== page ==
- A private network that carries internal cluster communication. The failover cluster authenticates all internal communication, but administrators who are particularly concerned about security may want to restrict internal communication to physically secure networks.
- A public network that provides client systems with access to cluster application services. IP Address resources are created on networks that provide clients with access to cluster services.
- A public-and-private network that carries internal cluster communication and connects client systems to cluster application services.
- Neither a public nor private network that carries traffic unrelated to cluster operation.
A failover cluster uses all available private and public-and-private networks for internal communication. If there is only one such network available and it fails, the cluster nodes stop communicating. Each node attempts to form a new cluster by taking control of the quorum resource. The node that controls the quorum resource forms a single-node cluster.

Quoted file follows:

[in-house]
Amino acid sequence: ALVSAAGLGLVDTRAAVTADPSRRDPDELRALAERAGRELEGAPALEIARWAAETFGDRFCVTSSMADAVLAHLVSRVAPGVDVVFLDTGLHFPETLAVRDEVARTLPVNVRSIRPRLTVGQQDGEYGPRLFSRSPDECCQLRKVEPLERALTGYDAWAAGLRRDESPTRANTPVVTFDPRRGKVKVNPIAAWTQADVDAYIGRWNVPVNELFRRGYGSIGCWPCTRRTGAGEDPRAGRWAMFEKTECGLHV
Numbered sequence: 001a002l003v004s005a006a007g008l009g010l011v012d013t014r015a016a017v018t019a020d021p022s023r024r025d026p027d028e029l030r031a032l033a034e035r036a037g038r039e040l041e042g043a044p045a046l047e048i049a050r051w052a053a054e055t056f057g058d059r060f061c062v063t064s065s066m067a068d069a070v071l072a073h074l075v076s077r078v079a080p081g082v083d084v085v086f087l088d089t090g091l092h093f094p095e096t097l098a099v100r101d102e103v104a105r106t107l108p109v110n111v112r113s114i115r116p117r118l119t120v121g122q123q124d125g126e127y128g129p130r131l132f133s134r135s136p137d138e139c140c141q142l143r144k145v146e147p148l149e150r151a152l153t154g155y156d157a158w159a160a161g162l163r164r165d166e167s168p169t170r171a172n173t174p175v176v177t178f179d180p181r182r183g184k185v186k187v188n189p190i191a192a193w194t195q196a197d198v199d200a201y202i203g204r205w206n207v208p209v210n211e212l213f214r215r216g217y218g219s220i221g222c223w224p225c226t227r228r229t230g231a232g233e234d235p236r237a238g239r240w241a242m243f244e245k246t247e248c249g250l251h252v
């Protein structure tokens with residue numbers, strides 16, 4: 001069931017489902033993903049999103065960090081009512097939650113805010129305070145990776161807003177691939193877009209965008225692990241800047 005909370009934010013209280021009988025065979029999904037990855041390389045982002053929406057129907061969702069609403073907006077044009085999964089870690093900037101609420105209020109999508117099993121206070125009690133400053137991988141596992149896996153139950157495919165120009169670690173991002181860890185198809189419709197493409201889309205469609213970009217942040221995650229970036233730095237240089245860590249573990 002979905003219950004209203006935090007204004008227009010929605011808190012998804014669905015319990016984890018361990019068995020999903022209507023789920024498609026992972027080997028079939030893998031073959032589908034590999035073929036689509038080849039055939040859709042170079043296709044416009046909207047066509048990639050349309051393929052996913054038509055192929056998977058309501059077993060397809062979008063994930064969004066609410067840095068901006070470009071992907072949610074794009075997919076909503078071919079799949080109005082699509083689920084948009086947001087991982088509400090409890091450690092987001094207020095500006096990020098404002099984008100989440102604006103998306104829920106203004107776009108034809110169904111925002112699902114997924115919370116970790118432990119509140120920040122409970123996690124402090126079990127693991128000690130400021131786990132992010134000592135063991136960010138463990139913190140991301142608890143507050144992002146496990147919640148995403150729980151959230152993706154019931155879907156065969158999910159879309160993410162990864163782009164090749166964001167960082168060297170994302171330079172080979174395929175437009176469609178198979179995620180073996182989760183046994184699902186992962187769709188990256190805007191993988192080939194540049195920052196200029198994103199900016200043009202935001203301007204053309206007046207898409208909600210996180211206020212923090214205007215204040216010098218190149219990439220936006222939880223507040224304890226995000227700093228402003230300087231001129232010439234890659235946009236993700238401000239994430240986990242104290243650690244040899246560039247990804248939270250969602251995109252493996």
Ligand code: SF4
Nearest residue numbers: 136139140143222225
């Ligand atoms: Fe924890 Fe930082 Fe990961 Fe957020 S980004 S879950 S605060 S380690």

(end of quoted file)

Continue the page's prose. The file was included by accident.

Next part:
To protect the cluster from a single network failure, configure multiple networks as private or public-and-private.
A failover cluster does not use public networks for internal communication, even if a public network is the only available network. For example, a cluster has Network A configured as private and Network B configured as public. Network A fails. The cluster does not use Network B because it is public; thus, the nodes stop communicating and the cluster breaks apart.
The following diagram provides an example of the four roles a network can play. The key below the diagram lists the values that are stored in a network's Role property. The private network, Interconnect, is used only for internal communication between the cluster nodes. The public network, Internet, is used only to connect client systems to the cluster. The public-and-private Corporate Network is used for both client connections and internal communication. Network X represents a network that, for whatever reason, cannot be used by the cluster.
Typically, the cluster enumerates every available network, storing property information for each network in the cluster database. An administrator can prevent the Cluster service from using a network by assigning the value ClusterNetworkRoleNone to its Role property. Only the first three roles identify a network as one that should be used by the Cluster service.
For more information on working with networks, see the following topics,